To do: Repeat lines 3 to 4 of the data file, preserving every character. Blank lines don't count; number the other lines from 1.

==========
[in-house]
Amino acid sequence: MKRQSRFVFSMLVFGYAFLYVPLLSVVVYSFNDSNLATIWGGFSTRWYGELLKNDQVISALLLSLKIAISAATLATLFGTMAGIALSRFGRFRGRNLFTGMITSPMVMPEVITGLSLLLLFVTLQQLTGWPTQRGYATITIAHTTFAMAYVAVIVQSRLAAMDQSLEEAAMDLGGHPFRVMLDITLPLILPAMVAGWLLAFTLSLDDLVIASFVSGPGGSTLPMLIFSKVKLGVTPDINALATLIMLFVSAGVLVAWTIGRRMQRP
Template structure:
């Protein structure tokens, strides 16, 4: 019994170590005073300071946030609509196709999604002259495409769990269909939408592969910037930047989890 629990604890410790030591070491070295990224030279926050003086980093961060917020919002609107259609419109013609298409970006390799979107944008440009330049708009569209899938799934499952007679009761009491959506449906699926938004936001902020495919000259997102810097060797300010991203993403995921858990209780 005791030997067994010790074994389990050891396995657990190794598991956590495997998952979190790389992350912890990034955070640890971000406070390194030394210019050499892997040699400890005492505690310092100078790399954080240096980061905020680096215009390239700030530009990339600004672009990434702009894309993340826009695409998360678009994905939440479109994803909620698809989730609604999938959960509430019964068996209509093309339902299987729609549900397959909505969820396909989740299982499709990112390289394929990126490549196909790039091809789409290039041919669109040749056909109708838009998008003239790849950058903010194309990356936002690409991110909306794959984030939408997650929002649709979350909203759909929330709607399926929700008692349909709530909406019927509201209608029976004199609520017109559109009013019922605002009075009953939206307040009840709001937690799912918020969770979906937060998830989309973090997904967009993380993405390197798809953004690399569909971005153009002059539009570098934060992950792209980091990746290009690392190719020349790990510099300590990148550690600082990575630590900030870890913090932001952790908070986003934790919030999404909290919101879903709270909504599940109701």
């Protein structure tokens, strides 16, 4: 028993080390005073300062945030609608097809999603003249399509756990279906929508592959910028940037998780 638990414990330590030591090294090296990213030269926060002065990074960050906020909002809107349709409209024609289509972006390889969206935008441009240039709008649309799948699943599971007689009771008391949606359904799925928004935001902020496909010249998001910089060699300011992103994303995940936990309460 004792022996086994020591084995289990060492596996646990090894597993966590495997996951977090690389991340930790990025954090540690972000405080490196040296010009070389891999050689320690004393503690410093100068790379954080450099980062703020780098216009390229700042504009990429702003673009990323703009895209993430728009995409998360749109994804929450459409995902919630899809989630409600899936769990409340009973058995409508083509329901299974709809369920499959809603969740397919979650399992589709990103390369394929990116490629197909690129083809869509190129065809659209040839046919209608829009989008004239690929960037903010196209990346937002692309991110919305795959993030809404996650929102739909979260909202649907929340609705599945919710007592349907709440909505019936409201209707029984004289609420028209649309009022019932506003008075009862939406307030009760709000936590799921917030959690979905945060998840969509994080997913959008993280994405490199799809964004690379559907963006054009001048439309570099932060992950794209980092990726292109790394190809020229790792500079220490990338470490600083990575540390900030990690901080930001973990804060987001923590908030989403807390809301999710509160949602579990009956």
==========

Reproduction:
Template structure:
């Protein structure tokens, strides 16, 4: 019994170590005073300071946030609509196709999604002259495409769990269909939408592969910037930047989890 629990604890410790030591070491070295990224030279926050003086980093961060917020919002609107259609419109013609298409970006390799979107944008440009330049708009569209899938799934499952007679009761009491959506449906699926938004936001902020495919000259997102810097060797300010991203993403995921858990209780 005791030997067994010790074994389990050891396995657990190794598991956590495997998952979190790389992350912890990034955070640890971000406070390194030394210019050499892997040699400890005492505690310092100078790399954080240096980061905020680096215009390239700030530009990339600004672009990434702009894309993340826009695409998360678009994905939440479109994803909620698809989730609604999938959960509430019964068996209509093309339902299987729609549900397959909505969820396909989740299982499709990112390289394929990126490549196909790039091809789409290039041919669109040749056909109708838009998008003239790849950058903010194309990356936002690409991110909306794959984030939408997650929002649709979350909203759909929330709607399926929700008692349909709530909406019927509201209608029976004199609520017109559109009013019922605002009075009953939206307040009840709001937690799912918020969770979906937060998830989309973090997904967009993380993405390197798809953004690399569909971005153009002059539009570098934060992950792209980091990746290009690392190719020349790990510099300590990148550690600082990575630590900030870890913090932001952790908070986003934790919030999404909290919101879903709270909504599940109701």